Moving towards a circular economy

“Since 2010, Nestlé has reduced waste by 99% in our manufacturing sites, while our production volume increased by 57%. By 2020, we aim to achieve zero waste for disposal in all our sites globally,” Karine Antoniades underscores. They are committed to helping reduce food loss and waste and in 2016, Nestlé CEO Paul Bulcke joined Champions 12.3: a coalition of government, industry and non-governmental organisation influencers dedicated to accelerating progress towards halving food waste by 2030, she says. “This will enable us to contribute to a circular economy and allow us to secure our agricultural supplies while having a positive impact on society.” In many countries though, they face challenges to improving their resource efficiency due to a lack of public material recovery and recycling infrastructure, and instances where they are required by local legislation to send certain materials to landfill, she emphasises.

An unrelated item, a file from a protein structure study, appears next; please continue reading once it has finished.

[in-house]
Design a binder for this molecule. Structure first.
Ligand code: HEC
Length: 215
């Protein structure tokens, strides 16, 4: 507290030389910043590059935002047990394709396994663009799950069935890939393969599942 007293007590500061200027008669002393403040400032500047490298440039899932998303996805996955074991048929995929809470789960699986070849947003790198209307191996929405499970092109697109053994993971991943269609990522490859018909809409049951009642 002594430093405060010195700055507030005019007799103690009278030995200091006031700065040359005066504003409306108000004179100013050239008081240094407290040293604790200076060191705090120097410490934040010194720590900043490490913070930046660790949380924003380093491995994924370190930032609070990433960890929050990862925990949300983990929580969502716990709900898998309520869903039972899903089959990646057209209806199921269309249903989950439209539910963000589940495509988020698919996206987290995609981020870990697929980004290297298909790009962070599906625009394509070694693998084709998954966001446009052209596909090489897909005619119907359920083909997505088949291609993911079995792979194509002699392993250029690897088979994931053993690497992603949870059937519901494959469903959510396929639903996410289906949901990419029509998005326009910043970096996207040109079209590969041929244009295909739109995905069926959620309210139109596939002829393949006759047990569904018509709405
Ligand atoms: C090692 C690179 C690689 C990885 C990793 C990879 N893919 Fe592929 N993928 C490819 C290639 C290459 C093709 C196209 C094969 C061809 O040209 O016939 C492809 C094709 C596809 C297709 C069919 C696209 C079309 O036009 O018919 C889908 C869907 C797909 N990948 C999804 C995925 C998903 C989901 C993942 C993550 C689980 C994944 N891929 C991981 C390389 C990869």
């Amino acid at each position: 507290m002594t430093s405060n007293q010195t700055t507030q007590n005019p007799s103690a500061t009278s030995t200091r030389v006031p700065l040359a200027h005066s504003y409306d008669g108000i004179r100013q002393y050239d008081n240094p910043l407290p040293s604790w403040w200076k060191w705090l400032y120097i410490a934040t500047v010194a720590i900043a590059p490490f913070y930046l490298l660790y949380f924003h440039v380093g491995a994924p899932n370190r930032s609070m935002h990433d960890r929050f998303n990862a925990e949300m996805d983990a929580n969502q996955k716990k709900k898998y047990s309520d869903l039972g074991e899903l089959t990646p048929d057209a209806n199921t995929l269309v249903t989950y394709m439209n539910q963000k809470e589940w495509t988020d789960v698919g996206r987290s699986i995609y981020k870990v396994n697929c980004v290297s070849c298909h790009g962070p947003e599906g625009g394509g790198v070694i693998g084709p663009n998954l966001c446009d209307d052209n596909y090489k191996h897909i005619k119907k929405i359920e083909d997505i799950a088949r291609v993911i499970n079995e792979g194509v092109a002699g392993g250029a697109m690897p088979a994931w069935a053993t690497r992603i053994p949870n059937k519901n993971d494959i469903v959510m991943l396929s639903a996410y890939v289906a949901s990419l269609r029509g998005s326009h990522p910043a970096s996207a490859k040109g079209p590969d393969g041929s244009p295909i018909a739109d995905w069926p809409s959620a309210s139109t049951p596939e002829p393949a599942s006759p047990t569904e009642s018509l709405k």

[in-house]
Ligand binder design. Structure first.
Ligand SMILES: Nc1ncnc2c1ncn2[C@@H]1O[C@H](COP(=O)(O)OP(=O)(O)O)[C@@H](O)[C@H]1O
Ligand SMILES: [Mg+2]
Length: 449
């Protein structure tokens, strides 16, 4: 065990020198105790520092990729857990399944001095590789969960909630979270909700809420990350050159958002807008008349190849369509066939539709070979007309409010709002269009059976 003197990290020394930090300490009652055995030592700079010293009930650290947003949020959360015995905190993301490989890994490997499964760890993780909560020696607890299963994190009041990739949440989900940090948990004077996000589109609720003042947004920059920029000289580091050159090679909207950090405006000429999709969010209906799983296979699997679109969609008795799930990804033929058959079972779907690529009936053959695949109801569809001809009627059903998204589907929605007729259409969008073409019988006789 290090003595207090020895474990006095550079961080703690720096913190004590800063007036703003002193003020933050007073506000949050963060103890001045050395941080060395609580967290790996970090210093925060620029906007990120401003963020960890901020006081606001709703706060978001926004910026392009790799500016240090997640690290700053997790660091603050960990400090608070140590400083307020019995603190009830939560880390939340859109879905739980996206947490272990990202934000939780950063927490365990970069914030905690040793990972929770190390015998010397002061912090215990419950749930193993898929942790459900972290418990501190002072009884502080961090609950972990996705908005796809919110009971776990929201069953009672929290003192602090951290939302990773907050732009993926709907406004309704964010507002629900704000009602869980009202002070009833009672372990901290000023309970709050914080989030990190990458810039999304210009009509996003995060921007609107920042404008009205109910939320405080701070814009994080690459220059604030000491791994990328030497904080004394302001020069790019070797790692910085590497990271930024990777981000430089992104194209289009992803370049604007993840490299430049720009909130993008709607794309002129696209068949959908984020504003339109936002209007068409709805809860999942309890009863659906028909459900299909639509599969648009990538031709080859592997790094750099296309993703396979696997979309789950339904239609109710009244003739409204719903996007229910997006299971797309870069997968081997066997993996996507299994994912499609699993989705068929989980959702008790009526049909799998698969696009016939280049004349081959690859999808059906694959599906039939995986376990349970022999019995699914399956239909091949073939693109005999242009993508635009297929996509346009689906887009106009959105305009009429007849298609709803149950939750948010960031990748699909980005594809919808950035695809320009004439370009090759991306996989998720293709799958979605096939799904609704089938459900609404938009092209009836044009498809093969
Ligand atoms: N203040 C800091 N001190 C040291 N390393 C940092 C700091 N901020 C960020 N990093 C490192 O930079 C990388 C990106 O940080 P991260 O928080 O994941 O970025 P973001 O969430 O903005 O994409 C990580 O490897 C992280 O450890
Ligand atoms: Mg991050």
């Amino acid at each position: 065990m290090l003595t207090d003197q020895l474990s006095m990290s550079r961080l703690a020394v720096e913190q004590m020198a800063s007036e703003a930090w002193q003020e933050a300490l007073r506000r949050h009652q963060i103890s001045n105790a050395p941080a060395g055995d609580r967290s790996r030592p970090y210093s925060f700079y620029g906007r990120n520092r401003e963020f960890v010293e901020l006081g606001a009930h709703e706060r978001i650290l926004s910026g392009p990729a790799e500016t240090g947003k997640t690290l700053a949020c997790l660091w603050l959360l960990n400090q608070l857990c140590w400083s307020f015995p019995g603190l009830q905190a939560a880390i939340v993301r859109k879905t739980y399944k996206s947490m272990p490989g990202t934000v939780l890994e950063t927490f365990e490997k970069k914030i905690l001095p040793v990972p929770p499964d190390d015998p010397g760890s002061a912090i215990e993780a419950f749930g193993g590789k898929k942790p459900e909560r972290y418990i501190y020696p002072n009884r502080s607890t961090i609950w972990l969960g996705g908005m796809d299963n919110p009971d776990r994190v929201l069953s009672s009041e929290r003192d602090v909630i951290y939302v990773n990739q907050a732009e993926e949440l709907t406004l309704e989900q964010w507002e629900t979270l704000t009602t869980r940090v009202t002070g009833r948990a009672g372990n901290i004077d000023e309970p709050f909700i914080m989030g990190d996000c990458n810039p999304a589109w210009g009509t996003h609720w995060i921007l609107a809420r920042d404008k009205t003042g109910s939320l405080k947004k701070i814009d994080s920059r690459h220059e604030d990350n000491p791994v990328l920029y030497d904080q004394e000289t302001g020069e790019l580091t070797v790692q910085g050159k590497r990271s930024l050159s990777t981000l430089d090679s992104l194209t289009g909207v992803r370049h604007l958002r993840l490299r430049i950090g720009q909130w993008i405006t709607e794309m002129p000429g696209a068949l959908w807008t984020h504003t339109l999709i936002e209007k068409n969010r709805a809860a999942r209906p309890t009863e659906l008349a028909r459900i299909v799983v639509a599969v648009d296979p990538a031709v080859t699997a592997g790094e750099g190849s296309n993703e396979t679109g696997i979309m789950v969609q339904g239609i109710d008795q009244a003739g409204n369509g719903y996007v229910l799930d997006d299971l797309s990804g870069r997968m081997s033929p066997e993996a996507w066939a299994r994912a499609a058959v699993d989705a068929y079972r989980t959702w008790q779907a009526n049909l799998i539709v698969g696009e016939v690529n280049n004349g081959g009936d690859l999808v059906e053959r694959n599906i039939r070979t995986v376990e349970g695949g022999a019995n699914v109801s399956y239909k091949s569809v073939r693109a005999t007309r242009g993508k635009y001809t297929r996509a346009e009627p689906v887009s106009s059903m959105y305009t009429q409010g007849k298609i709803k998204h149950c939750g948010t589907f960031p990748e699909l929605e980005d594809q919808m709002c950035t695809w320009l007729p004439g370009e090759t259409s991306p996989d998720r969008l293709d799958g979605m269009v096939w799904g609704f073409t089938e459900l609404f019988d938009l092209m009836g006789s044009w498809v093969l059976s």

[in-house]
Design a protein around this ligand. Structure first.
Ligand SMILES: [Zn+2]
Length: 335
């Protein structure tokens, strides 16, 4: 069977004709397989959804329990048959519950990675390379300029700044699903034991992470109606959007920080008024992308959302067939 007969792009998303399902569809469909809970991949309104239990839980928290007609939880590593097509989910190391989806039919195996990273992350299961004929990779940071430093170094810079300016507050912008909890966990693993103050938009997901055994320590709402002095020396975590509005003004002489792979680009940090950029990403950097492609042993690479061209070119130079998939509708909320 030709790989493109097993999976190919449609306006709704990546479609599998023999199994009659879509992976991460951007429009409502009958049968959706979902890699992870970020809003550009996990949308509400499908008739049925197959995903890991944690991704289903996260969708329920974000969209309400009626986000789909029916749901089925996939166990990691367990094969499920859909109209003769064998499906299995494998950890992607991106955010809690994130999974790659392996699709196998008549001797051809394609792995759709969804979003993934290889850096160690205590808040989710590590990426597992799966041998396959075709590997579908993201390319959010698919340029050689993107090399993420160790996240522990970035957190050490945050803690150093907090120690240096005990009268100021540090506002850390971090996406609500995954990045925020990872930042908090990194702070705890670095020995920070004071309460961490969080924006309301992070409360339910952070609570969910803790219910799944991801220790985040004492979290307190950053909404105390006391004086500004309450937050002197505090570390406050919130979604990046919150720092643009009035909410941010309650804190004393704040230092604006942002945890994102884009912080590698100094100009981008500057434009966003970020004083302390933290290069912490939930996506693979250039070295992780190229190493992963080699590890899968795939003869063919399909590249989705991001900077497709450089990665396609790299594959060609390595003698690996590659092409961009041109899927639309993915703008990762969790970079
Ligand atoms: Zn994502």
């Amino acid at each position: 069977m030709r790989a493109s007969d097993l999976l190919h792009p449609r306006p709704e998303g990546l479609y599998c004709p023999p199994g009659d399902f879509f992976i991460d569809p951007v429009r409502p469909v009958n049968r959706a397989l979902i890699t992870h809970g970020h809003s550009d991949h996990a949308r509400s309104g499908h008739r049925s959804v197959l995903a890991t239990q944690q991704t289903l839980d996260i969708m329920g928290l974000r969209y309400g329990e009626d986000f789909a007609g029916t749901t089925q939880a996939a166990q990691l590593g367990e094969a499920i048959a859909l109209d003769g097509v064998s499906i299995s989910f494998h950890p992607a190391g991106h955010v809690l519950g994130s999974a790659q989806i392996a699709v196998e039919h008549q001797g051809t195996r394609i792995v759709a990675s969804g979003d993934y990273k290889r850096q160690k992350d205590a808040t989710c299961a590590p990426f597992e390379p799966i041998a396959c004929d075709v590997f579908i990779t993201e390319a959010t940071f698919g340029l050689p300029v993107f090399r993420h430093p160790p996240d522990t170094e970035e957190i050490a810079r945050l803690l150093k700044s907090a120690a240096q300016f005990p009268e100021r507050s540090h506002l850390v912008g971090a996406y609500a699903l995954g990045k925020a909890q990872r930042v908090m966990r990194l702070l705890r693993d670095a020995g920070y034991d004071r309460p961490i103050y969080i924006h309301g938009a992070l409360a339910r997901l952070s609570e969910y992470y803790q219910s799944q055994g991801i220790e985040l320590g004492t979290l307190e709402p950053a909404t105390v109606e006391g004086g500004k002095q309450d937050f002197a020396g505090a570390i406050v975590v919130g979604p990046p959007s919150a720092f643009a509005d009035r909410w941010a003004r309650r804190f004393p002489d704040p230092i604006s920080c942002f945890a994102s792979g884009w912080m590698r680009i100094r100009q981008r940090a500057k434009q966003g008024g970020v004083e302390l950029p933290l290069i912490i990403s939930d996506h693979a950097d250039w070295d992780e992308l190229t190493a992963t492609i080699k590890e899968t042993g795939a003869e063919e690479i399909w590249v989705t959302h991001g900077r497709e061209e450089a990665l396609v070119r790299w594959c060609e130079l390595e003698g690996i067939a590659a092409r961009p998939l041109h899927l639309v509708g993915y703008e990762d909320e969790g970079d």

Waste management and recycling are critical functions within a circular economy, which is dependent on resource availability and smarter supply chains, so having the right ‘waste’ materials integrated into the supply chain, and having visibility of those materials, is important, says Frank Clary. “We think there are several challenges in creating a full circular economy. The first of these is behavioural. Not everyone understands that this is an imperative and a market opportunity, but that will change over time. A second challenge is technology. Not all materials that are recoverable in a circular economy are being recovered. There are gaps in physical process and information management technology that need to be closed if we want to get to a fully circular economy. The technology hasn’t caught up to the need – partly due to costs. But as technology capability improves, we expect this to change.